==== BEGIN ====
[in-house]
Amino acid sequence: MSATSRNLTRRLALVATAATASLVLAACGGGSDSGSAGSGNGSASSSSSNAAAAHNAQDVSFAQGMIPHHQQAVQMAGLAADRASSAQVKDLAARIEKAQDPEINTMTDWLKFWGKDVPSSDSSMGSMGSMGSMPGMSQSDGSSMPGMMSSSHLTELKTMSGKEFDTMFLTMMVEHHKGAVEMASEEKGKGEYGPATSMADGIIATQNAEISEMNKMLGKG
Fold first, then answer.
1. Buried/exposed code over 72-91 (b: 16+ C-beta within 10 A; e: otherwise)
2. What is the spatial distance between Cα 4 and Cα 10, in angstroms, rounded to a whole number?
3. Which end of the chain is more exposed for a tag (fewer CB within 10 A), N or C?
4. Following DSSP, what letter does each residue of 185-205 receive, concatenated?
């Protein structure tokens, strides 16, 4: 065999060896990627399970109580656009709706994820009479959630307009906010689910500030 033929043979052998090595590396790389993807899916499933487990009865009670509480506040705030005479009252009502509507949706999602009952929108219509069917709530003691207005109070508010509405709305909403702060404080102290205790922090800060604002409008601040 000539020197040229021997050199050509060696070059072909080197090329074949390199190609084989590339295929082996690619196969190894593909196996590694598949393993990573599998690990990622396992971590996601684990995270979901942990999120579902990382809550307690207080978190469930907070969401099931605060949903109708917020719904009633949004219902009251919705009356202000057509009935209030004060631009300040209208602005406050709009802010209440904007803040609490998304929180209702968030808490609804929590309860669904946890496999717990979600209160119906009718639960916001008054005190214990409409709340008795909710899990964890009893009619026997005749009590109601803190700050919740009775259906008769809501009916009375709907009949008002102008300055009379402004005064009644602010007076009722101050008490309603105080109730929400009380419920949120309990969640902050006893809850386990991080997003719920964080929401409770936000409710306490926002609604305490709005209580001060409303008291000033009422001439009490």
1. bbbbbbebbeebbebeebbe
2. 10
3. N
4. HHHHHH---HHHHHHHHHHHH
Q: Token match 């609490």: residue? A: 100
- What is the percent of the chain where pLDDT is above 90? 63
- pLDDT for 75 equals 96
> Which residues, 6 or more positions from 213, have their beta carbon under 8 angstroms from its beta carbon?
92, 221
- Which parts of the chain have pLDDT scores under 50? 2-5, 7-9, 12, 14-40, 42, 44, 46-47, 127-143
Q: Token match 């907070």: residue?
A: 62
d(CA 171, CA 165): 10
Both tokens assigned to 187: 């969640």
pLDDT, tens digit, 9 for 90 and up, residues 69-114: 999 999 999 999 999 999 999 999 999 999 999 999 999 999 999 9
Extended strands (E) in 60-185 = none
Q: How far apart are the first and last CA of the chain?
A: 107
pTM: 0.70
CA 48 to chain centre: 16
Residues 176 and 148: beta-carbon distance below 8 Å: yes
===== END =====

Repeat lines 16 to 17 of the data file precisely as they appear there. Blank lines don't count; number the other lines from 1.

> Which residues, 6 or more positions from 213, have their beta carbon under 8 angstroms from its beta carbon?
92, 221